OK, I programmed a few DLLs using Linux years back. My memory (and my memory could be faulty), was that I had the program decide which dll to load based on user input. So I had two dlls, each with a
string encrypt(string, string)function. The user was asked to specify the encryption method. If he selected AES, then aes.dll was loaded and the encrypt function inside aes.dll was called. If he specified Triple-DES, then tripledes.dll was loaded and its encrypt function was called. So the DLL was loaded in the MIDDLE of runtime, not the beginning, and the dll to load was unknown at the start of runtime. A string variable containing the DLL was filled in during runtime and code WRITTEN BY ME was executed in the middle of runtime, not the beginning.
Trying to recreate that in Visual Studio, I clicked through the new project options and created a HelloWorldDLL project with one function called HelloWorld, then I created a second project in that same solution, a console project that calls that pauses ten seconds, then calls the DLL's HelloWorld function.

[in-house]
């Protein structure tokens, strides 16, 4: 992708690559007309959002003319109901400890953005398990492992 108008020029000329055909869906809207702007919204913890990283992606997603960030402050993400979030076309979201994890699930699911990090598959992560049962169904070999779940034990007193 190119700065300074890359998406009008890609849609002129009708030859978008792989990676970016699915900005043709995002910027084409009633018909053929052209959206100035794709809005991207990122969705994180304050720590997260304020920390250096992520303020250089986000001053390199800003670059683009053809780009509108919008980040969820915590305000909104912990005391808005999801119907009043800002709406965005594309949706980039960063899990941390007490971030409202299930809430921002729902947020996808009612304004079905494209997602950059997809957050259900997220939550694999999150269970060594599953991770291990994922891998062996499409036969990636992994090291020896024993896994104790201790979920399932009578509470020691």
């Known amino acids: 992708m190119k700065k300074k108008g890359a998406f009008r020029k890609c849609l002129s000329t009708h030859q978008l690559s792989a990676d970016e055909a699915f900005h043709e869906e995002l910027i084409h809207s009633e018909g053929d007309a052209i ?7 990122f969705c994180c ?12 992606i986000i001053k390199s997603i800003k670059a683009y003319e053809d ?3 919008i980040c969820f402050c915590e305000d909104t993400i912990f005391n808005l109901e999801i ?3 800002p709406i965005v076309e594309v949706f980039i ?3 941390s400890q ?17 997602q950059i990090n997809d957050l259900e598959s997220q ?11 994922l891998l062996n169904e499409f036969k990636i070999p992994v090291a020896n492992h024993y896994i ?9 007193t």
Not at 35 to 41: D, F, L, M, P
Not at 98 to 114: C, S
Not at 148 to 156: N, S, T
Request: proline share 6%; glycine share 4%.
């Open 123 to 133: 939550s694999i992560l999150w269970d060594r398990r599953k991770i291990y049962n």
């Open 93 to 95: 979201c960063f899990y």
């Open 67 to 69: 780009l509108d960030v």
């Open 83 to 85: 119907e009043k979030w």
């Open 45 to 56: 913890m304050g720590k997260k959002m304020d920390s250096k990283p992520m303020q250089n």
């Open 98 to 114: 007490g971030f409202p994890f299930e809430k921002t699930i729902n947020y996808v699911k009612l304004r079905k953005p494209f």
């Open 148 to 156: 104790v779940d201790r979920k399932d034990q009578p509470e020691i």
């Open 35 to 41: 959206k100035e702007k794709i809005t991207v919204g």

Nowhere in the main function or in any other function that I wrote is HelloWorld.dll specified. Somehow the program knows which DLL to load, but not from any code that I see and definitely not in code that I wrote. I did do a few clicks in the Solution/Project properties to have HelloWorldConsole project depend on/reference the HelloWorldDLL project, so I imagine it's happening behind the scenes.
It's also clear that the dll is being loaded at the very start of main as opposed to after the ten second pause. Again, my memory of what I did in Linux might be wrong, but I would like to have some more control over which DLL is being loaded and when. Is there a way to do this with Visual Studio? Also, is there a way in Windows (i.e. Task Manager) to see what processes have loaded what dlls?
PS - I tried to add a "DLL" tag, but none came up for me and I saw no option to type in a tag that wasn't suggested (i.e. "DLL")
Edited 4 Months Ago by AssertNull: Added PS, corrected spelling